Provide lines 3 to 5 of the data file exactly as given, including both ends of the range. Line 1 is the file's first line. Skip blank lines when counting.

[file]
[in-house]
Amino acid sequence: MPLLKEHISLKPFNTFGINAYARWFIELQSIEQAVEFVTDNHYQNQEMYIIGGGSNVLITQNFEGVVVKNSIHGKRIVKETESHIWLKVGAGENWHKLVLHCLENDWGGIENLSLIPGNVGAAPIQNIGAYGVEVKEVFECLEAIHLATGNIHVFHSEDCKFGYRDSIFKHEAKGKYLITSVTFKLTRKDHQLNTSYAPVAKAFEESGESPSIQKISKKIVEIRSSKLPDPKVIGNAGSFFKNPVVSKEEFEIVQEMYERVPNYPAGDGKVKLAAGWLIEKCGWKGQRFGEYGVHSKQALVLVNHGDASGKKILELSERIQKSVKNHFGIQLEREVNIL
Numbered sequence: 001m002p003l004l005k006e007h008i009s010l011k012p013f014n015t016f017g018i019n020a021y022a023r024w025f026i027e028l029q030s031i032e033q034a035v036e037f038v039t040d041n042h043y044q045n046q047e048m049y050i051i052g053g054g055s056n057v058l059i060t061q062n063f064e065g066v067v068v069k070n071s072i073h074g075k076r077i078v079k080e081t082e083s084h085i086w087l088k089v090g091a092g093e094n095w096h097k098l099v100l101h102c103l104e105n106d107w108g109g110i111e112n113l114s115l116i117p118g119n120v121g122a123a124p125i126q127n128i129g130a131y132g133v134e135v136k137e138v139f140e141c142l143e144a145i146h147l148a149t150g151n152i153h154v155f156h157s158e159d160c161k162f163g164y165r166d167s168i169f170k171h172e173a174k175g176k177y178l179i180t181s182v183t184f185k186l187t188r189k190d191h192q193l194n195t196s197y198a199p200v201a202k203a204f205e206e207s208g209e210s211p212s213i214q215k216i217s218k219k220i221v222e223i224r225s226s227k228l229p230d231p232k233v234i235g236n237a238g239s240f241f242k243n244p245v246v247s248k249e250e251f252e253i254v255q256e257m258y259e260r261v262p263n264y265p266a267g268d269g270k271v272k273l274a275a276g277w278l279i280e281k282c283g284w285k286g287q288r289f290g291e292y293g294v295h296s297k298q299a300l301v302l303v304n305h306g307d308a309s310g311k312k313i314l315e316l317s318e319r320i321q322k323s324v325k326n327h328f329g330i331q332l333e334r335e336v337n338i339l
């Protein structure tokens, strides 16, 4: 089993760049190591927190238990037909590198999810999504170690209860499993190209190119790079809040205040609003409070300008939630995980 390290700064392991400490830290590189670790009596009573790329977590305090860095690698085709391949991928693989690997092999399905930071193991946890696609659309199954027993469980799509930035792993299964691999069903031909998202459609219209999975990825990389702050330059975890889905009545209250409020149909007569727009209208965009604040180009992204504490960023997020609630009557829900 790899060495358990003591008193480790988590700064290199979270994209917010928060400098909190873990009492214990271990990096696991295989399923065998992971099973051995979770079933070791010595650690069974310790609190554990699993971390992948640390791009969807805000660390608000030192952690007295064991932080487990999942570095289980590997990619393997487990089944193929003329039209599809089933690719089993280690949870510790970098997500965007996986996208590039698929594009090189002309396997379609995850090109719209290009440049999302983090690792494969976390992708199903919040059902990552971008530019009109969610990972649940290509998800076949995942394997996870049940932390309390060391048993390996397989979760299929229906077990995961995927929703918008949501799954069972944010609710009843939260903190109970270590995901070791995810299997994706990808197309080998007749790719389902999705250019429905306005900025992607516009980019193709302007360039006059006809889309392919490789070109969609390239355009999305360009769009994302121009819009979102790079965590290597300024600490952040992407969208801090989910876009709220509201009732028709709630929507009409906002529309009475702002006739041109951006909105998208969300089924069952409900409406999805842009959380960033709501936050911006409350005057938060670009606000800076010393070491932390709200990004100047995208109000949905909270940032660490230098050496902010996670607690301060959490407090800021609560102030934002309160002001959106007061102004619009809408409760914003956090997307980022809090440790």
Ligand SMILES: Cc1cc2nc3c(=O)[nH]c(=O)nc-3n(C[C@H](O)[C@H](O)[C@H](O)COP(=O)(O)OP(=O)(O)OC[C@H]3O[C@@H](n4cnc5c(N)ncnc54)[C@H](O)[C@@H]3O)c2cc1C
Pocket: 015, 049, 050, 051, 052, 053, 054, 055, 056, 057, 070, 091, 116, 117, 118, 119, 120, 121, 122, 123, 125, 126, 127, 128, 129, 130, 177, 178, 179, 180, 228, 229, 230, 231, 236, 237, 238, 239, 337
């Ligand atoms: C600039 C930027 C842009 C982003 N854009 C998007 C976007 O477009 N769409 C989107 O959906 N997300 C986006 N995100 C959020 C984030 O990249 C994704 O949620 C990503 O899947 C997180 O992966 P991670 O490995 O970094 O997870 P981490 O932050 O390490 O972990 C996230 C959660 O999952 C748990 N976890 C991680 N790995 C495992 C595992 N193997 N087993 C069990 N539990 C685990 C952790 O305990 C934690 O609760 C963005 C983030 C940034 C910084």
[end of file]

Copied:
Numbered sequence: 001m002p003l004l005k006e007h008i009s010l011k012p013f014n015t016f017g018i019n020a021y022a023r024w025f026i027e028l029q030s031i032e033q034a035v036e037f038v039t040d041n042h043y044q045n046q047e048m049y050i051i052g053g054g055s056n057v058l059i060t061q062n063f064e065g066v067v068v069k070n071s072i073h074g075k076r077i078v079k080e081t082e083s084h085i086w087l088k089v090g091a092g093e094n095w096h097k098l099v100l101h102c103l104e105n106d107w108g109g110i111e112n113l114s115l116i117p118g119n120v121g122a123a124p125i126q127n128i129g130a131y132g133v134e135v136k137e138v139f140e141c142l143e144a145i146h147l148a149t150g151n152i153h154v155f156h157s158e159d160c161k162f163g164y165r166d167s168i169f170k171h172e173a174k175g176k177y178l179i180t181s182v183t184f185k186l187t188r189k190d191h192q193l194n195t196s197y198a199p200v201a202k203a204f205e206e207s208g209e210s211p212s213i214q215k216i217s218k219k220i221v222e223i224r225s226s227k228l229p230d231p232k233v234i235g236n237a238g239s240f241f242k243n244p245v246v247s248k249e250e251f252e253i254v255q256e257m258y259e260r261v262p263n264y265p266a267g268d269g270k271v272k273l274a275a276g277w278l279i280e281k282c283g284w285k286g287q288r289f290g291e292y293g294v295h296s297k298q299a300l301v302l303v304n305h306g307d308a309s310g311k312k313i314l315e316l317s318e319r320i321q322k323s324v325k326n327h328f329g330i331q332l333e334r335e336v337n338i339l
């Protein structure tokens, strides 16, 4: 089993760049190591927190238990037909590198999810999504170690209860499993190209190119790079809040205040609003409070300008939630995980 390290700064392991400490830290590189670790009596009573790329977590305090860095690698085709391949991928693989690997092999399905930071193991946890696609659309199954027993469980799509930035792993299964691999069903031909998202459609219209999975990825990389702050330059975890889905009545209250409020149909007569727009209208965009604040180009992204504490960023997020609630009557829900 790899060495358990003591008193480790988590700064290199979270994209917010928060400098909190873990009492214990271990990096696991295989399923065998992971099973051995979770079933070791010595650690069974310790609190554990699993971390992948640390791009969807805000660390608000030192952690007295064991932080487990999942570095289980590997990619393997487990089944193929003329039209599809089933690719089993280690949870510790970098997500965007996986996208590039698929594009090189002309396997379609995850090109719209290009440049999302983090690792494969976390992708199903919040059902990552971008530019009109969610990972649940290509998800076949995942394997996870049940932390309390060391048993390996397989979760299929229906077990995961995927929703918008949501799954069972944010609710009843939260903190109970270590995901070791995810299997994706990808197309080998007749790719389902999705250019429905306005900025992607516009980019193709302007360039006059006809889309392919490789070109969609390239355009999305360009769009994302121009819009979102790079965590290597300024600490952040992407969208801090989910876009709220509201009732028709709630929507009409906002529309009475702002006739041109951006909105998208969300089924069952409900409406999805842009959380960033709501936050911006409350005057938060670009606000800076010393070491932390709200990004100047995208109000949905909270940032660490230098050496902010996670607690301060959490407090800021609560102030934002309160002001959106007061102004619009809408409760914003956090997307980022809090440790």
Ligand SMILES: Cc1cc2nc3c(=O)[nH]c(=O)nc-3n(C[C@H](O)[C@H](O)[C@H](O)COP(=O)(O)OP(=O)(O)OC[C@H]3O[C@@H](n4cnc5c(N)ncnc54)[C@H](O)[C@@H]3O)c2cc1C